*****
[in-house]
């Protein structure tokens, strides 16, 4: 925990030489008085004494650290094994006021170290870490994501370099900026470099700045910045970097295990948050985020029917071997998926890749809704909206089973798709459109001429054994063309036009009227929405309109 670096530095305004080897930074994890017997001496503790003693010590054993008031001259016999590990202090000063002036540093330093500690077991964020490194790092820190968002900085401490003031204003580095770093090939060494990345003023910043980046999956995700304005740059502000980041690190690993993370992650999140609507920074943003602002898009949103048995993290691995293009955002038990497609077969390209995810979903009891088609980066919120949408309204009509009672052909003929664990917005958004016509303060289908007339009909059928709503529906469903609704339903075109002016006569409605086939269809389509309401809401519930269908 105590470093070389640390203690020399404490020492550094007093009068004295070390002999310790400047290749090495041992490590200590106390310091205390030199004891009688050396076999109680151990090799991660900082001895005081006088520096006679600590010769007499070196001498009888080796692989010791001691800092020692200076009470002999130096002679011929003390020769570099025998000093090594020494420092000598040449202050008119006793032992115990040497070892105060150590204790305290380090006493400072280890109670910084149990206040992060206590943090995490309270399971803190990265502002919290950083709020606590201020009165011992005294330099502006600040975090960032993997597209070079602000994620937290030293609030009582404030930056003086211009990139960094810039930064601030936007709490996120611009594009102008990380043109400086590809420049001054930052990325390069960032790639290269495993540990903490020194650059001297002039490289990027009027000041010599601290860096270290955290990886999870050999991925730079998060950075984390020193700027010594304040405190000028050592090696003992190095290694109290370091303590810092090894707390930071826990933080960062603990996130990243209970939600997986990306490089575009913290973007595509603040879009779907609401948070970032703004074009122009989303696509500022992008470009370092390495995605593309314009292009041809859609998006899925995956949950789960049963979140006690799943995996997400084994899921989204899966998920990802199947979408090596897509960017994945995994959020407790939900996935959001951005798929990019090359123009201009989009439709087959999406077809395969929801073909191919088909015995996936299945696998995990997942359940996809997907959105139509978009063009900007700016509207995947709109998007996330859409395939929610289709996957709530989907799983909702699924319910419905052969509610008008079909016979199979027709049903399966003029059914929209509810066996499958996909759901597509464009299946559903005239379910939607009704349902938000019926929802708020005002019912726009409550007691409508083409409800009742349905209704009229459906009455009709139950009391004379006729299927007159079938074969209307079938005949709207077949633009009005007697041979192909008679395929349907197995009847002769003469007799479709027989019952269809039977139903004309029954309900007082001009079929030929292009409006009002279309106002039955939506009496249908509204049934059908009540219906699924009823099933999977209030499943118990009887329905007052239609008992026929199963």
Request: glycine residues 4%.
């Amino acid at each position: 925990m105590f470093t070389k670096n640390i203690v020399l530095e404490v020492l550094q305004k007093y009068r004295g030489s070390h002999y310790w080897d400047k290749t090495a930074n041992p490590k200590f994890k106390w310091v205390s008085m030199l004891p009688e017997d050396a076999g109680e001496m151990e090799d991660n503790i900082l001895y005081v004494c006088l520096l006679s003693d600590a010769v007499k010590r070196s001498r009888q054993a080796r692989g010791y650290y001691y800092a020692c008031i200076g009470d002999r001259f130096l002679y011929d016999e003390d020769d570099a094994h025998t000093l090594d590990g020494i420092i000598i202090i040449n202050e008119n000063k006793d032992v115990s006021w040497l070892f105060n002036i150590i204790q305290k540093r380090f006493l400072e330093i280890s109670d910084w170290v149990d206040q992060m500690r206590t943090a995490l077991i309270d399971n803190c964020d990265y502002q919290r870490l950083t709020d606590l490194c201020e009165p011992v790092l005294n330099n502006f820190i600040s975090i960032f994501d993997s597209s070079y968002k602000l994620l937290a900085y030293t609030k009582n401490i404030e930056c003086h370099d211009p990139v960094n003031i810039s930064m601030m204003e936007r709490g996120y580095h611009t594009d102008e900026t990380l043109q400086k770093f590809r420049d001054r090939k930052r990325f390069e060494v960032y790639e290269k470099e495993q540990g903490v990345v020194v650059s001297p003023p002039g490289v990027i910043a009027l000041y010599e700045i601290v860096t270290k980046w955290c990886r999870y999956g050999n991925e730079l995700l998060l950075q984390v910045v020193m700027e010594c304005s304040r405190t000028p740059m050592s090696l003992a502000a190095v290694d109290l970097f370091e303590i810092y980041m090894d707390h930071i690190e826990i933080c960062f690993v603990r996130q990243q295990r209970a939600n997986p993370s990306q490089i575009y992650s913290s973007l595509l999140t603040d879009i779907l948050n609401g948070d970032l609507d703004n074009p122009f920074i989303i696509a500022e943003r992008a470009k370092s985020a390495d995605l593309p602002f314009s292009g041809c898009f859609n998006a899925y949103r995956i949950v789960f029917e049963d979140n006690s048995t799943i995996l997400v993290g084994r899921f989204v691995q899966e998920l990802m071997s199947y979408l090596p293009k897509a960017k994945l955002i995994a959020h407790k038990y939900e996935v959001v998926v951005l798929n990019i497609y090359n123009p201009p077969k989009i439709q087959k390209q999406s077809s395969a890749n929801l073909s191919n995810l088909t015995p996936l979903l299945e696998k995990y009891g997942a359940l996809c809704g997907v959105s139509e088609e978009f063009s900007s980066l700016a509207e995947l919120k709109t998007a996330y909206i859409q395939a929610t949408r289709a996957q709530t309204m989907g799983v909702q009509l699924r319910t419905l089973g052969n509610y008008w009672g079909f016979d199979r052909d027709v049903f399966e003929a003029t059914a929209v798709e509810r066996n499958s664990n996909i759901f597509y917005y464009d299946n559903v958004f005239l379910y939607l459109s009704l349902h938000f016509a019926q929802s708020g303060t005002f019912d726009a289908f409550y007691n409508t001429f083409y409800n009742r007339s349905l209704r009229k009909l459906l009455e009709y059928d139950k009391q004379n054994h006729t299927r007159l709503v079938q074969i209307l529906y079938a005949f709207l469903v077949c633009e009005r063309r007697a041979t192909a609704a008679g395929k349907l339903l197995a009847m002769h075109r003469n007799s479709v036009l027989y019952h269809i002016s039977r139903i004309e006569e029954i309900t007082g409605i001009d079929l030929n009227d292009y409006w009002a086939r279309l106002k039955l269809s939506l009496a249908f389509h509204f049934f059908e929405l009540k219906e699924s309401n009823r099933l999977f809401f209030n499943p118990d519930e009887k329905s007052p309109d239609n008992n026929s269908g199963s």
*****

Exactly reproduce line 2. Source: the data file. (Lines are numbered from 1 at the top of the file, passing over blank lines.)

């Protein structure tokens, strides 16, 4: 925990030489008085004494650290094994006021170290870490994501370099900026470099700045910045970097295990948050985020029917071997998926890749809704909206089973798709459109001429054994063309036009009227929405309109 670096530095305004080897930074994890017997001496503790003693010590054993008031001259016999590990202090000063002036540093330093500690077991964020490194790092820190968002900085401490003031204003580095770093090939060494990345003023910043980046999956995700304005740059502000980041690190690993993370992650999140609507920074943003602002898009949103048995993290691995293009955002038990497609077969390209995810979903009891088609980066919120949408309204009509009672052909003929664990917005958004016509303060289908007339009909059928709503529906469903609704339903075109002016006569409605086939269809389509309401809401519930269908 105590470093070389640390203690020399404490020492550094007093009068004295070390002999310790400047290749090495041992490590200590106390310091205390030199004891009688050396076999109680151990090799991660900082001895005081006088520096006679600590010769007499070196001498009888080796692989010791001691800092020692200076009470002999130096002679011929003390020769570099025998000093090594020494420092000598040449202050008119006793032992115990040497070892105060150590204790305290380090006493400072280890109670910084149990206040992060206590943090995490309270399971803190990265502002919290950083709020606590201020009165011992005294330099502006600040975090960032993997597209070079602000994620937290030293609030009582404030930056003086211009990139960094810039930064601030936007709490996120611009594009102008990380043109400086590809420049001054930052990325390069960032790639290269495993540990903490020194650059001297002039490289990027009027000041010599601290860096270290955290990886999870050999991925730079998060950075984390020193700027010594304040405190000028050592090696003992190095290694109290370091303590810092090894707390930071826990933080960062603990996130990243209970939600997986990306490089575009913290973007595509603040879009779907609401948070970032703004074009122009989303696509500022992008470009370092390495995605593309314009292009041809859609998006899925995956949950789960049963979140006690799943995996997400084994899921989204899966998920990802199947979408090596897509960017994945995994959020407790939900996935959001951005798929990019090359123009201009989009439709087959999406077809395969929801073909191919088909015995996936299945696998995990997942359940996809997907959105139509978009063009900007700016509207995947709109998007996330859409395939929610289709996957709530989907799983909702699924319910419905052969509610008008079909016979199979027709049903399966003029059914929209509810066996499958996909759901597509464009299946559903005239379910939607009704349902938000019926929802708020005002019912726009409550007691409508083409409800009742349905209704009229459906009455009709139950009391004379006729299927007159079938074969209307079938005949709207077949633009009005007697041979192909008679395929349907197995009847002769003469007799479709027989019952269809039977139903004309029954309900007082001009079929030929292009409006009002279309106002039955939506009496249908509204049934059908009540219906699924009823099933999977209030499943118990009887329905007052239609008992026929199963």